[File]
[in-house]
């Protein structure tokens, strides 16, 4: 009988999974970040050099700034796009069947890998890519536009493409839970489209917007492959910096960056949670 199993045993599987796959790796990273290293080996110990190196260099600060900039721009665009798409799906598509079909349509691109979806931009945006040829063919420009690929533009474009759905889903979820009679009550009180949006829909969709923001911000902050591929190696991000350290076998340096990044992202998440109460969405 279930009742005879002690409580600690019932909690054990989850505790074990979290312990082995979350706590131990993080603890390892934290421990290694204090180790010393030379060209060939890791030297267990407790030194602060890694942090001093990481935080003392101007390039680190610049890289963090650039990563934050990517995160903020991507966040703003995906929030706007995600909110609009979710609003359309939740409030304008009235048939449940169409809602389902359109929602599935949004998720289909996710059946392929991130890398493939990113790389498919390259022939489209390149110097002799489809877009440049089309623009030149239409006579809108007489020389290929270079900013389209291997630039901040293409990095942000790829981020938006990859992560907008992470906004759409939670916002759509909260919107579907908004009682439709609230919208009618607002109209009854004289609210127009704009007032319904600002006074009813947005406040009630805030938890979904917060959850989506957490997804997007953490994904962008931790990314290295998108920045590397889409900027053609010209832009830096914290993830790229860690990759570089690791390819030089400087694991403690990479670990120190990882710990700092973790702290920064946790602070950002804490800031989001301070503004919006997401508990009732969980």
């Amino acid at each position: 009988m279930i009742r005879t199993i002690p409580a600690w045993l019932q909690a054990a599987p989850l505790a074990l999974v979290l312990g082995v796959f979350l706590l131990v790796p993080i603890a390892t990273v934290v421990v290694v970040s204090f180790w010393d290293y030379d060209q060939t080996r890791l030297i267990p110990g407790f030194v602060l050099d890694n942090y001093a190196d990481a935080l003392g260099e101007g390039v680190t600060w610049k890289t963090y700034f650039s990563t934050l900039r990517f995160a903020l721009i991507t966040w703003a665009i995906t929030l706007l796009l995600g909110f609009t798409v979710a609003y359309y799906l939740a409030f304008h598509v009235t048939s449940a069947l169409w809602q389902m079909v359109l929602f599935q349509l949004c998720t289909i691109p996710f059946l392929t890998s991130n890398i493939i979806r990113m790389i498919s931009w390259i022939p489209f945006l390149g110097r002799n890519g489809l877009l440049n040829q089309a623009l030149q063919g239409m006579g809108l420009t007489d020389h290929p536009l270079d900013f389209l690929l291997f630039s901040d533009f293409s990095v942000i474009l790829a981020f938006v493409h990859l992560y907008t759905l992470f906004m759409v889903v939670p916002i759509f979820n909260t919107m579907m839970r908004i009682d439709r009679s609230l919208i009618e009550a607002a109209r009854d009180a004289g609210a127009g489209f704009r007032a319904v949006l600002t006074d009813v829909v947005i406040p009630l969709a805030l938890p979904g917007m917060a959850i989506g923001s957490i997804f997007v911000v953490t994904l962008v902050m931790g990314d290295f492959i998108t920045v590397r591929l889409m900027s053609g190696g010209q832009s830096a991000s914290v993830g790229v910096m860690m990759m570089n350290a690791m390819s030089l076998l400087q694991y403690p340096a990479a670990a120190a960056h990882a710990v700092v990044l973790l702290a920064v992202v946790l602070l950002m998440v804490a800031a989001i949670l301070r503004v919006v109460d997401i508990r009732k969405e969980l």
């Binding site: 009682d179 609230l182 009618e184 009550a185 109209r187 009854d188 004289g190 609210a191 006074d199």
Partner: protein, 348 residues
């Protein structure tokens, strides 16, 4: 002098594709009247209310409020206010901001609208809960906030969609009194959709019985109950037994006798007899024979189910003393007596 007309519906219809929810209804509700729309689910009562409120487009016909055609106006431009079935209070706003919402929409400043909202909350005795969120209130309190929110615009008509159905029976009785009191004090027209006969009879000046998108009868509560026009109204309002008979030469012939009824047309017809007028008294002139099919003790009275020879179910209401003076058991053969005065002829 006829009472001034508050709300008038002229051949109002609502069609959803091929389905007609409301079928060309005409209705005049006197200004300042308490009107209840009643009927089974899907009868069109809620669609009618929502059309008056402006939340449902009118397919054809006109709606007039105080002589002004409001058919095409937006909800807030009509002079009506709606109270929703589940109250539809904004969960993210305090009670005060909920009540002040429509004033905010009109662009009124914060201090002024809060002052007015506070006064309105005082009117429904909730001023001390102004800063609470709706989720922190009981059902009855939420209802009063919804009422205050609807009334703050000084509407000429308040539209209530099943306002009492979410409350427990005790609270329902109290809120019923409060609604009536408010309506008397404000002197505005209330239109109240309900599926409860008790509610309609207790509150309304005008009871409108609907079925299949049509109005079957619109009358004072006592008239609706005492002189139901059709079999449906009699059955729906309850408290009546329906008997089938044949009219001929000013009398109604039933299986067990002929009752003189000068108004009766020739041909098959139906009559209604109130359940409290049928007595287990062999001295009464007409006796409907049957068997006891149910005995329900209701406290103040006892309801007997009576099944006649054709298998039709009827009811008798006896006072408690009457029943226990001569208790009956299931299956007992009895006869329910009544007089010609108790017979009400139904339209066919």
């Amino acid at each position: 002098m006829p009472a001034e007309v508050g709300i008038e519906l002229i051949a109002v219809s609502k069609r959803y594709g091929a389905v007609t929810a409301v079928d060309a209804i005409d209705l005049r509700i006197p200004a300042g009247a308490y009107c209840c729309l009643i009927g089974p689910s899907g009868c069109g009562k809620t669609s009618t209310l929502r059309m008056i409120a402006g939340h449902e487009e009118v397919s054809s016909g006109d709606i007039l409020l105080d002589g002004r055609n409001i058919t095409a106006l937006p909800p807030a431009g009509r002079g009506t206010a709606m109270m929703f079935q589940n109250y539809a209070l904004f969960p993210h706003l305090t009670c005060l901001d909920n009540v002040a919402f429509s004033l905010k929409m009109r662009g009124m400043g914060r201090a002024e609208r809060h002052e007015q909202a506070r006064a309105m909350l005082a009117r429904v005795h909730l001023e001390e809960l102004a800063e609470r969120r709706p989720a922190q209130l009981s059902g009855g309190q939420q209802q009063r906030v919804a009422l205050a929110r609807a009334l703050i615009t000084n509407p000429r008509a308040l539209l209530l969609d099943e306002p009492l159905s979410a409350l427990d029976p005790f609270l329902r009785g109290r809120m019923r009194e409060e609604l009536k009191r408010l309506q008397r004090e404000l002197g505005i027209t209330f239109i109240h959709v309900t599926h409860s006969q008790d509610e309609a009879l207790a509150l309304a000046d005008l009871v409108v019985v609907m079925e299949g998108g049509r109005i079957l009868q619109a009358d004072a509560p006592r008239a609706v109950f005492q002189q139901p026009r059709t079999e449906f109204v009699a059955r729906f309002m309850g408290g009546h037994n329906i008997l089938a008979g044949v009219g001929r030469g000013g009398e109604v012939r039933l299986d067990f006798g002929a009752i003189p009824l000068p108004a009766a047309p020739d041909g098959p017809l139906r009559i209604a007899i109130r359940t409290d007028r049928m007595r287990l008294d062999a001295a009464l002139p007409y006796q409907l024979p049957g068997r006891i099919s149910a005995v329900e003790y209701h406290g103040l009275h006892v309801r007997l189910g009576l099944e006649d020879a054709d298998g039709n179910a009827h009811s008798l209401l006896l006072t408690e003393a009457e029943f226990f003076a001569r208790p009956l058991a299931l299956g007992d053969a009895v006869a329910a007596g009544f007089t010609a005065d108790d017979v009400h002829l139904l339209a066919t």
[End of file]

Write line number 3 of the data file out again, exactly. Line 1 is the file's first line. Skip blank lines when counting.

């Amino acid at each position: 009988m279930i009742r005879t199993i002690p409580a600690w045993l019932q909690a054990a599987p989850l505790a074990l999974v979290l312990g082995v796959f979350l706590l131990v790796p993080i603890a390892t990273v934290v421990v290694v970040s204090f180790w010393d290293y030379d060209q060939t080996r890791l030297i267990p110990g407790f030194v602060l050099d890694n942090y001093a190196d990481a935080l003392g260099e101007g390039v680190t600060w610049k890289t963090y700034f650039s990563t934050l900039r990517f995160a903020l721009i991507t966040w703003a665009i995906t929030l706007l796009l995600g909110f609009t798409v979710a609003y359309y799906l939740a409030f304008h598509v009235t048939s449940a069947l169409w809602q389902m079909v359109l929602f599935q349509l949004c998720t289909i691109p996710f059946l392929t890998s991130n890398i493939i979806r990113m790389i498919s931009w390259i022939p489209f945006l390149g110097r002799n890519g489809l877009l440049n040829q089309a623009l030149q063919g239409m006579g809108l420009t007489d020389h290929p536009l270079d900013f389209l690929l291997f630039s901040d533009f293409s990095v942000i474009l790829a981020f938006v493409h990859l992560y907008t759905l992470f906004m759409v889903v939670p916002i759509f979820n909260t919107m579907m839970r908004i009682d439709r009679s609230l919208i009618e009550a607002a109209r009854d009180a004289g609210a127009g489209f704009r007032a319904v949006l600002t006074d009813v829909v947005i406040p009630l969709a805030l938890p979904g917007m917060a959850i989506g923001s957490i997804f997007v911000v953490t994904l962008v902050m931790g990314d290295f492959i998108t920045v590397r591929l889409m900027s053609g190696g010209q832009s830096a991000s914290v993830g790229v910096m860690m990759m570089n350290a690791m390819s030089l076998l400087q694991y403690p340096a990479a670990a120190a960056h990882a710990v700092v990044l973790l702290a920064v992202v946790l602070l950002m998440v804490a800031a989001i949670l301070r503004v919006v109460d997401i508990r009732k969405e969980l």